Wow, journals have come a long way since I was a kid and I had a choice between a plain lined composition book or some cutesy diary with an easily pickable lock. Now, journals are so creative, with so many different kinds of approaches and prompts, making them far more appealing to kids.

Journals are not just about documenting your day, either. The benefits of journaling are many, including reducing stress, and creating more positive thinking in your life. And that definitely goes for kids too; in fact, our own pediatrician has recommended journaling to my kids as a healthy way to get out feelings.

With that, here are four really creative, exciting journals I’m loving right now. Whether your kid is artistic, reflective, or political, hopefully there’s one here that fits the bill. Or hey — maybe even for you, too.

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Related: 3 tips for keeping a gratitude journal with kids that’ll make them happier, healthier, and more thankful too

The March Journal, based on the graphic novel trilogy by Congressman John Lewis, with Andrew Aydin and Nate Powell

The March Journal, based on the amazing March graphic novel trilogy by Congressman John Lewis, Andrew Aydin, and illustrated by Nate Powell just came out a few weeks back and it’s extraordinary. Peppered with inspiring quotes by Congressman Lewis (Sometimes you have to get in the way and get in good trouble, necessary trouble, to make a way out of no way) and illustrated throughout with frames from the graphic novels, this hardcover journal invites you to “dream, plan, and fight for the causes you care about.”

But really, this isn’t a journal about prompts; it’s a journal about journaling, letting you be your own best self, and work out your thoughts in your own way, until they hopefully they become positive actions. That’s pretty cool.


Doodle Journeys journal by Dawn DeVries Sokolov

Doodle Journeys: A Fill-In Journal for Everyday Explorers by Dawn DeVries Sokolis is perfect for kids who best express themselves visually, or want to. The colorful, intentionally messy pages are filled with paint drips, water color splotches, handwritten prompts and Sharpie doodles, which cleverly put you in a “there are no mistakes” mindset right off the bat.

Prompts range from the abstract: “Move your pencil around on these pages and don’t think about anything in particular. Just let your mind wander with your pencil. (NO erasing!)” To more specific doodle ideas, like “draw the town of your dreams” or designing your own country, including currency, a flag, a map, and landmarks. You definitely get a travel theme here, but as you might have guessed from the title, it’s less about real travel and more about seeing the adventure every day. (On pre-order now for April 17 ship)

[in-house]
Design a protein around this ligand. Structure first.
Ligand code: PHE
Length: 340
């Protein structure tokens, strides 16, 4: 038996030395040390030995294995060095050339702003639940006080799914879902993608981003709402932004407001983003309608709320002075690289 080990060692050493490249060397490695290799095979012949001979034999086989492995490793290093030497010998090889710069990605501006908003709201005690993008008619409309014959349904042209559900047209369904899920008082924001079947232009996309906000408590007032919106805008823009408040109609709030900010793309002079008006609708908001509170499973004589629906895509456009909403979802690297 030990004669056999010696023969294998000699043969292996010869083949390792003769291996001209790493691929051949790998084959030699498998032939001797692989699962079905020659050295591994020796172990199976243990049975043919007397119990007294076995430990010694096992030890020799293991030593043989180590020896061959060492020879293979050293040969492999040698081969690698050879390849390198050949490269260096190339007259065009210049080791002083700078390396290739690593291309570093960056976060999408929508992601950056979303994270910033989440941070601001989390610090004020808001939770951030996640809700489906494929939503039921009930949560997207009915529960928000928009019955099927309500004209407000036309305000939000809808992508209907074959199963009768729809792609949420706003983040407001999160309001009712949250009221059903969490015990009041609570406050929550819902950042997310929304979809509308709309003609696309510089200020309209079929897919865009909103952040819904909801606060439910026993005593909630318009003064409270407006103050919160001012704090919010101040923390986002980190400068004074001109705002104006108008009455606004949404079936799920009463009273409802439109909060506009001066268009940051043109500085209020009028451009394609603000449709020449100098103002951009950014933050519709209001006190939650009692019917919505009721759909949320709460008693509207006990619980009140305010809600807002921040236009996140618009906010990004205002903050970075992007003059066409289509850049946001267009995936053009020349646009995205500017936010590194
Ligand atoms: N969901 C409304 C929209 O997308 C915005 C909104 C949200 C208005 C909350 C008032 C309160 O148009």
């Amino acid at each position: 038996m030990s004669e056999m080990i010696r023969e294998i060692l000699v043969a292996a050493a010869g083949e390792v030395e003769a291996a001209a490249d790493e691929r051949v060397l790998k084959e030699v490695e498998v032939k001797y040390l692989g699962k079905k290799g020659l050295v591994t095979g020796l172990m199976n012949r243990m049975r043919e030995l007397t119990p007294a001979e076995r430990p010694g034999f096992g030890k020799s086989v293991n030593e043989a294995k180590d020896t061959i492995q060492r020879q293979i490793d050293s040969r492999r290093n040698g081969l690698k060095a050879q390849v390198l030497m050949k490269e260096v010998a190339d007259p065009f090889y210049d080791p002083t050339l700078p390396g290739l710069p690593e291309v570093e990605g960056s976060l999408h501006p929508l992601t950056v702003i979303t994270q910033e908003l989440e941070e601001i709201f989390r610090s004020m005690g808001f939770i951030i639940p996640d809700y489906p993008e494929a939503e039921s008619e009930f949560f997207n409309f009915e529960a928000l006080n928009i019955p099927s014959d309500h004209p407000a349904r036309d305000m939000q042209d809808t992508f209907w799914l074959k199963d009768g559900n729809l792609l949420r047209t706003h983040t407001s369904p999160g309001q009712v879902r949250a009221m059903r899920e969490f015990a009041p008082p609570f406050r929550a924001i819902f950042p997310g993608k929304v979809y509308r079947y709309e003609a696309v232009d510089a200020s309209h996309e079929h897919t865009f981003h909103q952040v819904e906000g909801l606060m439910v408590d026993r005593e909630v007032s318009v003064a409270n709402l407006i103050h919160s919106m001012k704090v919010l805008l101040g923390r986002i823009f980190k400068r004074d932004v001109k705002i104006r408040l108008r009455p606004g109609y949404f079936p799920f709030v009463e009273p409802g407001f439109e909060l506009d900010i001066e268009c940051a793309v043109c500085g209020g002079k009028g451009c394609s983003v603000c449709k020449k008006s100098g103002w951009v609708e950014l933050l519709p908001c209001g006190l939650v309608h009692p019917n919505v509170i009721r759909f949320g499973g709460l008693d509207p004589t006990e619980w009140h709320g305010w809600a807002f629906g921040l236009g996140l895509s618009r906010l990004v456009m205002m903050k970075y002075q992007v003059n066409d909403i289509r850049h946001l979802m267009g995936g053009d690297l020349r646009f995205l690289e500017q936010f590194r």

Related: New and cool: Personalized Moleskines. Notebooks, journals, you name it. (Get it?)

Instant Happy Journal: Tons of reflect, funny, witty and wise prompts from Karen Salmansohn

Instant Happy Journal: 365 Days of Inspiration, Gratitude and Joy by Karen Salmansohn has been out for a couple of years now, and I really love it for its balance of inspirational prompts and cheeky humor. Multiple pages simply say “You can and you will” at top. There are quotes from George Eliot and Buddha. And then there are fairly self-helpy but still fun prompts like, “Weird is the new awesome: What’s something weird about you — that you love?” And “How many people do you think you made smile today?”

There are definitely some prompts that are more adult in nature, like a thought about eating self-loving foods, which I don’t think my twelve-year-old needs to worry about much, or “Dear Addiction: Write a goodbye letter to a bad habit you’re ready to break.” Even so, the vast majority of the pages should have wide appeal and I know some teen girls who are crazy about it.

Oh, and the best part? The no-pressure tack Salmansohn takes: You fill in your own date on top of each page, so if you don’t do a page a day? So what. No one ever said it has to be 365 days in a row.

Wreck This Journal is a brilliant way to let kids get messy, be imperfect, and color way outside the l ines

If you have a kid who hates the idea of journaling, then Wreck This Journal by Keri Smith is easily the one for them. There’s a reason it’s been a massive best-seller for the past five years; I mean, Keri Smith actually tells you to poke holes in pages? Color outside the lines? Place sticky maple syrup or gum on the paper? Rip out entire pages, crumple them into balls and stomp on them? Yessss!

My boyfriend’s eight-year-old daughter could not get enough of hers (I remember her counting the days until it was time to rip out a page or take it in the shower with her) and that made me an instant fan, too.

It’s such a smart way to let kids know that creativity sometimes comes from undoing, not just doing, and that we can often find inspiration when we just let go, and throw caution out the window. And, maybe even your journal. Literally.

You can find all these books from our affiliate Amazon, or your local independent bookstore.